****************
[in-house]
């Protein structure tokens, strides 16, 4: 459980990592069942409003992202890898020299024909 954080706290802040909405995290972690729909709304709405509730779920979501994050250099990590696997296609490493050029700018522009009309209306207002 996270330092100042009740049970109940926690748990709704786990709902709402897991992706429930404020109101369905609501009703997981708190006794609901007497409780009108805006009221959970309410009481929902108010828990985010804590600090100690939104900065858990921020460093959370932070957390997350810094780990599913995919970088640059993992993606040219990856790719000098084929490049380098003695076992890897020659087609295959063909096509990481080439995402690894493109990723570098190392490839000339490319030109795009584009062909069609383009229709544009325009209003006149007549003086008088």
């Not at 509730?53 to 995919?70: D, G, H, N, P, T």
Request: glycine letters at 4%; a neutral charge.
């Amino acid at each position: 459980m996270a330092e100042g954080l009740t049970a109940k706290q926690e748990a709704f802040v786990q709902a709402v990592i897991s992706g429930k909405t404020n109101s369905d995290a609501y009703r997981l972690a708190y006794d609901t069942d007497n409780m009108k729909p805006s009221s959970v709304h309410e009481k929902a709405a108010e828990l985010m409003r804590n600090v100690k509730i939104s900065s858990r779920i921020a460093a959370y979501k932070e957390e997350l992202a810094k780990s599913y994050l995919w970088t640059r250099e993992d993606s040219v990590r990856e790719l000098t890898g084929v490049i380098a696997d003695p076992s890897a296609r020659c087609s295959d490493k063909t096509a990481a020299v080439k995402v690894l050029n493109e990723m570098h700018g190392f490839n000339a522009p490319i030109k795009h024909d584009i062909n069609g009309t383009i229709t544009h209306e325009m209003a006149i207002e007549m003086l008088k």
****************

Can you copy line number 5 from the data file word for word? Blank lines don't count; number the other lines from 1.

């Amino acid at each position: 459980m996270a330092e100042g954080l009740t049970a109940k706290q926690e748990a709704f802040v786990q709902a709402v990592i897991s992706g429930k909405t404020n109101s369905d995290a609501y009703r997981l972690a708190y006794d609901t069942d007497n409780m009108k729909p805006s009221s959970v709304h309410e009481k929902a709405a108010e828990l985010m409003r804590n600090v100690k509730i939104s900065s858990r779920i921020a460093a959370y979501k932070e957390e997350l992202a810094k780990s599913y994050l995919w970088t640059r250099e993992d993606s040219v990590r990856e790719l000098t890898g084929v490049i380098a696997d003695p076992s890897a296609r020659c087609s295959d490493k063909t096509a990481a020299v080439k995402v690894l050029n493109e990723m570098h700018g190392f490839n000339a522009p490319i030109k795009h024909d584009i062909n069609g009309t383009i229709t544009h209306e325009m209003a006149i207002e007549m003086l008088k």